Sunday, May 15, 2011

Seven reasons why nuclear energy is not any solution for the World's energy problems

I knew some of this but not most, so this PhysOrg article on the work of Derek Abbot is a must read.

In order to meet all of today's electricity generation needs Humankind would need 15,000 nuclear power generators, ideally each of them constituting a separate plant (otherwise Fukushima). Today there are only 440 reactors providing a mere 2.5% of all energy needs worldwide (and creating some 90% of energy generation derived problems maybe).

Expanding nuclear power generation capacity to fill Humankind's current use would be impossible because:
  1. Land: you cannot find 15,000 suitable locations: large enough to accommodate reactor, exclusion zone, reprocessing and storage facilities..., far enough from cities, close enough to water masses, out of earthquake prone areas...
  2. Lifetime: with 15,000 active nuclear reactors, one would need to be decommissioned and built every single day, each requiring 6-12 years to build and 20 years to decommission (most unrealistic).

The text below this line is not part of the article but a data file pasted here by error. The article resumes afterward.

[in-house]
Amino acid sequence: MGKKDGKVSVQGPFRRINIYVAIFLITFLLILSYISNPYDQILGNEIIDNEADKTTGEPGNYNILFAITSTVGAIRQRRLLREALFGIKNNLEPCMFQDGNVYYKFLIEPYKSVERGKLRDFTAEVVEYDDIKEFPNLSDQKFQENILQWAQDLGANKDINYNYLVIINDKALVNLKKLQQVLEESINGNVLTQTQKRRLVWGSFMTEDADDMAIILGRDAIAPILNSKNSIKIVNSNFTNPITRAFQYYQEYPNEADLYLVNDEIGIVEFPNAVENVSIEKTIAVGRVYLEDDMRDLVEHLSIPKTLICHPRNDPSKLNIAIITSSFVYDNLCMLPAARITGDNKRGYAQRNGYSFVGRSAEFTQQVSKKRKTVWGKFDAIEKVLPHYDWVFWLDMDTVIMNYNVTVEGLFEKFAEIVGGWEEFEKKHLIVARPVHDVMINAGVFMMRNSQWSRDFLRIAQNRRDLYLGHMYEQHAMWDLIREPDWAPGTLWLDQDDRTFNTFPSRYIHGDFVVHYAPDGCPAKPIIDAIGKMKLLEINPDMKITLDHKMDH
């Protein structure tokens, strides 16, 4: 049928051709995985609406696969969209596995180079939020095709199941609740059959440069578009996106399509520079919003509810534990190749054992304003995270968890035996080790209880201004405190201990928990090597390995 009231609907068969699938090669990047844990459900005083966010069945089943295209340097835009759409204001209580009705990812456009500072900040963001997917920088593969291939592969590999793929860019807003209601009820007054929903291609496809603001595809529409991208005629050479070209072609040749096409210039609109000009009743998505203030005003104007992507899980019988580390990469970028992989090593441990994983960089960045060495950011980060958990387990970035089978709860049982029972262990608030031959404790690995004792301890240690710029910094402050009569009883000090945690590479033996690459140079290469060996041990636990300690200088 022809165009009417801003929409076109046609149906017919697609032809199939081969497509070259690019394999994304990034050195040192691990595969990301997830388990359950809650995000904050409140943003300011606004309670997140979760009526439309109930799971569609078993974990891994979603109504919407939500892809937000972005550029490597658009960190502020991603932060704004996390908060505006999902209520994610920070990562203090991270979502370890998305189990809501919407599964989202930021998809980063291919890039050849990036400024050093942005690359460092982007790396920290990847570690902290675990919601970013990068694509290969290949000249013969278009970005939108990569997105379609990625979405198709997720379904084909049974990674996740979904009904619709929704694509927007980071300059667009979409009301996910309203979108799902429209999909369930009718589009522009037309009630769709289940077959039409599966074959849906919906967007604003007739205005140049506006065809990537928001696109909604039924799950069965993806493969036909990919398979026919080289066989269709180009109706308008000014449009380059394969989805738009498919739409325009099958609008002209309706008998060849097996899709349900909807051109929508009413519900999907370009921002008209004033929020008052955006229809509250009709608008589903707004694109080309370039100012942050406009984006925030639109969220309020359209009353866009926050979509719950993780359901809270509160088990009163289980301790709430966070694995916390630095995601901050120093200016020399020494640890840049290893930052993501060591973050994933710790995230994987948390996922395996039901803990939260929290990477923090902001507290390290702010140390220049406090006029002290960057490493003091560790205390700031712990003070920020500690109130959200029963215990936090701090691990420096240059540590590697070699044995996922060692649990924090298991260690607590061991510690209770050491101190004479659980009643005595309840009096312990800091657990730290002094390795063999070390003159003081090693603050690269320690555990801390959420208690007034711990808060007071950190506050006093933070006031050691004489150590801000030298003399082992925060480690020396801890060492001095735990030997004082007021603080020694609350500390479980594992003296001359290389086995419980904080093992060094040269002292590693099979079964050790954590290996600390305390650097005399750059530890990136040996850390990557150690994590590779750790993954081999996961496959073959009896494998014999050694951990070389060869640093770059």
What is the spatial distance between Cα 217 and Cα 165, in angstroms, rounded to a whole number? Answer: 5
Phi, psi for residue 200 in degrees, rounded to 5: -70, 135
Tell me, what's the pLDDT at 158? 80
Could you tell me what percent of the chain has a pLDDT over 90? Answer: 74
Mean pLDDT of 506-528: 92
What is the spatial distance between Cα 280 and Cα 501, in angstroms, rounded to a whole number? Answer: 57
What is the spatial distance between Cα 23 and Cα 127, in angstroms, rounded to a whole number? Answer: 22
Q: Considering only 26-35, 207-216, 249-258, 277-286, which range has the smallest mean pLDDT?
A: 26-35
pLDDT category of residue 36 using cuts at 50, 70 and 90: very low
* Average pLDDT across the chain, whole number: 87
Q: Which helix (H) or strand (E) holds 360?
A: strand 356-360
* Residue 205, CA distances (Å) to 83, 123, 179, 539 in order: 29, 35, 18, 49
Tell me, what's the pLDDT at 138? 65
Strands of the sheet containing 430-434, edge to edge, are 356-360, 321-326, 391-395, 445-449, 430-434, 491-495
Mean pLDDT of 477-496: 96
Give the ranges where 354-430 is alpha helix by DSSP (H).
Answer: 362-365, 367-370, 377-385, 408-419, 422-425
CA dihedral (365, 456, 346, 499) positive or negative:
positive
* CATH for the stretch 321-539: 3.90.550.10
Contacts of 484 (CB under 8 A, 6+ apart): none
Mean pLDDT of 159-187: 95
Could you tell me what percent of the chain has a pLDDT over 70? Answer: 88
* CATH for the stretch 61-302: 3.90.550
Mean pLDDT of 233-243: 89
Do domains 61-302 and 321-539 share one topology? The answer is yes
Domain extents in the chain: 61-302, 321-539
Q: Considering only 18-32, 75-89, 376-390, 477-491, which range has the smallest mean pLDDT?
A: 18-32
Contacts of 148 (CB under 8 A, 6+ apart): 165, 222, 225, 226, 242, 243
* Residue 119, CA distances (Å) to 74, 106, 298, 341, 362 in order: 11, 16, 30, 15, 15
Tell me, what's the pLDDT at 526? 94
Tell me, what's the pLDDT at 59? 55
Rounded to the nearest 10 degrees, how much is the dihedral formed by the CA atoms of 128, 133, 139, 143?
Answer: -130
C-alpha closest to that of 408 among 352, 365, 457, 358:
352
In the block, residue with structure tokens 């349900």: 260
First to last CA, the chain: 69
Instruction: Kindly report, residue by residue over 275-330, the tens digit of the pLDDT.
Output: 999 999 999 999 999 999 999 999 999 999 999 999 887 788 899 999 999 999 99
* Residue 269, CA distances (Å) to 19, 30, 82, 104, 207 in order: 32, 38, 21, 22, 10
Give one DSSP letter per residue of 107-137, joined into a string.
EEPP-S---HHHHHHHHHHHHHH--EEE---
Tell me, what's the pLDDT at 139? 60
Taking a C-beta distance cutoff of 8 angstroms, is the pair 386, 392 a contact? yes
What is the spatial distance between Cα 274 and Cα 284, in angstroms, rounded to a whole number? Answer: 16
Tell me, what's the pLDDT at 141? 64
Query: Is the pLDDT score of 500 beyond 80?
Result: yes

3. Nuclear waste: no clear way of disposal of nuclear waste exists, danger looms even if buried.
  4. Accident rate: there have been 11 major accidents (core meltdown) in some 60 years of nuclear power history: one every five years. There's no way to guarantee less accidents. With 15,000 reactors, there would be one such extreme accident every month. 
  5. Proliferation: with 15,000 nuclear reactors, almost every single state would have the ability to build nuclear weapons.
  6. Uranium availability: with 15,000 nuclear reactors uranium reserves would last five years. A proposed method of extraction from seawater is plainly unworkable, at least for large amounts.
  7. Exotic metals availability: nuclear reactors require rare metals like hafnium, beryllium, zirconium or niobium, all of which have alternative uses (in microchips for instance) and are relatively scarce. If a nuclear reactor is built every day, these metals would become unavailable very soon. 
Some of these limits also apply to (so far hypothetical) fusion reactors. 

In contrast a solar thermal energy plant lacks of most of these limitations. It still needs space but not with the high requirements of nuclear plants. The main limit of solar and other renewable energies is intermittency, because of the day/night cycle or climate variability. This could be solved with efficient electricity storage systems. But otherwise they only have advantages. 

Ref. Derek Abbott. “Is nuclear power globally scalable?” Proceedings of the IEEE. To be published.

No comments:

Post a Comment

Please, be reasonably respectful when making comments. I do not tolerate in particular sexism, racism nor homophobia. The author reserves the right to delete any abusive comment.

Comment moderation before publishing is... ON